Growing plants without soil in Oman

Oman Wednesday 22/February/2017 21:58 PM
By: Times News Service
Growing plants without soil in Oman

Muscat: Not many living in Muscat would imagine growing veggies in their balcony or on the rooftop; it’s like a distant dream.However, one such successful attempt was made by a biotechnology professor living in Oman.
Dr. Zulfikar Ali is a professor of Biotechnology and Botany from a prominent university in India, and enjoys growing plants, a hobby he pursues wherever he goes. When he came to Oman in 2009 to supervise a study centre, he did just that.
“I love being around plants and greenery, it refreshes the surroundings. So when I got here, I looked around and saw a lot of date palm trees, something very obvious because it is a desert. So when I thought of growing plants at my place, I was almost certain that I wouldn’t be able to go beyond cacti and other such hardy plants. However, reality was different.”
He found that many efforts at beautification had been made by growing brightly coloured flowers along the roadside, date palms and neem trees, “I realized that the government had put in a lot of effort and was also very impressed with the Falaj irrigation procedure.”
He later read that Oman was importing vegetables from Jordan, India and other countries. “When I read that, the word ‘import’ struck me. I wondered why can’t Oman be independent and grow this at home, why do they need to import?”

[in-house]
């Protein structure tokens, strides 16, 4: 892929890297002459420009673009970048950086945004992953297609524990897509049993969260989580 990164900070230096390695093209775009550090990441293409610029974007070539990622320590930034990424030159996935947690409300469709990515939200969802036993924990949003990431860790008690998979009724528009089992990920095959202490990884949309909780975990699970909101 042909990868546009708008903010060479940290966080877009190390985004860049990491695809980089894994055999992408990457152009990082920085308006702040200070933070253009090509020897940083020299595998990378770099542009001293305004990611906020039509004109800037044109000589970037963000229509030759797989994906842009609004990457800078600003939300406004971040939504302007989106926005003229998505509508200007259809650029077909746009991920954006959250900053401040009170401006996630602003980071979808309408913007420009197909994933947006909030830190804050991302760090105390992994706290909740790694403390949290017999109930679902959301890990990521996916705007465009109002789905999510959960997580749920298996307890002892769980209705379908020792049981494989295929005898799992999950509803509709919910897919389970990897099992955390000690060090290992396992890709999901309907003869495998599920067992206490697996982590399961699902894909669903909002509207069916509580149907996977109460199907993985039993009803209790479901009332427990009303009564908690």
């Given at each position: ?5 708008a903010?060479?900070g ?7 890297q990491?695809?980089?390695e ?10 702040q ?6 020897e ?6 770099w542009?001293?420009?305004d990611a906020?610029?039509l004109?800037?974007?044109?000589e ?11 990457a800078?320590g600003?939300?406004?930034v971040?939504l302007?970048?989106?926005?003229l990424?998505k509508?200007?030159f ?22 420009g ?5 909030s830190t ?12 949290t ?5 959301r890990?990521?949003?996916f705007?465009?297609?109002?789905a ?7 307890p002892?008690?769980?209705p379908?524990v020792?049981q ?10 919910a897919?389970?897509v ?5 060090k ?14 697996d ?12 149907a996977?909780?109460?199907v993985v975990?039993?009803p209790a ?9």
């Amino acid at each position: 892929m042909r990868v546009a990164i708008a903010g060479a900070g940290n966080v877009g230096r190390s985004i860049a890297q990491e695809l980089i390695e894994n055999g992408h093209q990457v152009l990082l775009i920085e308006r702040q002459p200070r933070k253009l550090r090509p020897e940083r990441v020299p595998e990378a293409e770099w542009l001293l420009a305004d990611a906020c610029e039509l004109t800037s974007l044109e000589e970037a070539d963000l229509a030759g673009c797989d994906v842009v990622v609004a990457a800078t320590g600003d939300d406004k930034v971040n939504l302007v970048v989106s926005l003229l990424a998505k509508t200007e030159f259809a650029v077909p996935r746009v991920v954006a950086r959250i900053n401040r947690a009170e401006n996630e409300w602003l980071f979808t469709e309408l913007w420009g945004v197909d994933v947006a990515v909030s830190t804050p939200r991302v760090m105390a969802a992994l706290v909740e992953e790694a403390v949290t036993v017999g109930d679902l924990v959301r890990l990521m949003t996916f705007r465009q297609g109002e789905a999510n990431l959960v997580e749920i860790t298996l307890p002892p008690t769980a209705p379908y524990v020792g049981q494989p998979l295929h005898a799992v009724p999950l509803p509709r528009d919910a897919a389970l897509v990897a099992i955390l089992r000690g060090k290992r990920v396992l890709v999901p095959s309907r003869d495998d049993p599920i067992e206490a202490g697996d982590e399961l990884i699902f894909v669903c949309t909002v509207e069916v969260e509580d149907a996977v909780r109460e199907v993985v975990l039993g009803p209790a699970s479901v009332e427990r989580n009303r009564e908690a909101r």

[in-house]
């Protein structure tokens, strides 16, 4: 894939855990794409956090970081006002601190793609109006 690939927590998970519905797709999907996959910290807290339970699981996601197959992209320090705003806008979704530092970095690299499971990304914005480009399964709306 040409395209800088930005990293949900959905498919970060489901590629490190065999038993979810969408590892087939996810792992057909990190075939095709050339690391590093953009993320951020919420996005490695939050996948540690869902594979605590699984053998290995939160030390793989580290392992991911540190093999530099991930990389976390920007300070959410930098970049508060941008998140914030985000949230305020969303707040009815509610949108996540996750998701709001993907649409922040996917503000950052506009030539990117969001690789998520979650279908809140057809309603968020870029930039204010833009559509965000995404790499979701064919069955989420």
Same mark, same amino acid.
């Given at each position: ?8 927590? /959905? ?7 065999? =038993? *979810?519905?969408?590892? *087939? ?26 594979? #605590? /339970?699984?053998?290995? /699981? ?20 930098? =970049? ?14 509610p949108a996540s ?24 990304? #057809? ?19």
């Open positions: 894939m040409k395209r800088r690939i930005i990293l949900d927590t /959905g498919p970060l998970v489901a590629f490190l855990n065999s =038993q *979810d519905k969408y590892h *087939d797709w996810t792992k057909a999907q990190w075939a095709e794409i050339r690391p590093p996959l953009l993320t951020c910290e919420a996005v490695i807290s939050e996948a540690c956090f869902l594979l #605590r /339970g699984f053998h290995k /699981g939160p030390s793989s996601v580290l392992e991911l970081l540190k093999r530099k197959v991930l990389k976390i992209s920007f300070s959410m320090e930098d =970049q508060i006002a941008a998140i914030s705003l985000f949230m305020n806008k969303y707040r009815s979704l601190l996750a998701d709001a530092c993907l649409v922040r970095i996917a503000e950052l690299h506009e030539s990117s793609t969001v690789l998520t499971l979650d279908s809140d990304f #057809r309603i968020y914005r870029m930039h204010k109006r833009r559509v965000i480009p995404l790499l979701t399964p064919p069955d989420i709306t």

After looking around, Dr. Ali decided to invest in a kitchen garden at his place, for which he used local soil and PittMoss to retain water in the soil. However, that attempt failed as he noticed that the plants were dying. He tried once more in 2013, and failed again.
“After investing about OMR1,000 year and seeing no results, I grew frustrated and decided to seek opinion of others. I went to India and spoke to professors at agriculture colleges.Theirsimple explanation for the failed attempt was that Oman was a desert.
“I then bought books off Amazon and read them, and in 2014, went around visiting farms in Oman and took up the challenge. Also, at the same time, I observed that Salalah has a lot of coconut trees and an abundance of coconut fibre from which Coco Peat is produced.
“I then conducted an experiment where I used very little PittMoss for water retention, loads of Coco Peat and some manure. I used seeds brought from Rajasthan, Bihar and Delhi in India. This was in 2015 and the results were astonishing. Look around my garden today, and you will find turnips, radish, capsicum, eggplant, corn, carrots and more coming up. All this is organic without the use of any pesticides at all.
He has grown vegetables all over the building he lives in – on the rooftop, on open spaces, in the balcony and on the stairs.
Dr. Ali also grew tomatoes through hydroponics, a soilless culture of farming where the roots of the plant are in water which brings no soil borne diseases to the plant, the results for which were also amazing.
“Oman is at a stage where it is diversifying its economy and this is such a brilliant way of doing that. I hope that one day, Oman will export these vegetable out to other countries. All that is needed is enthusiasm.”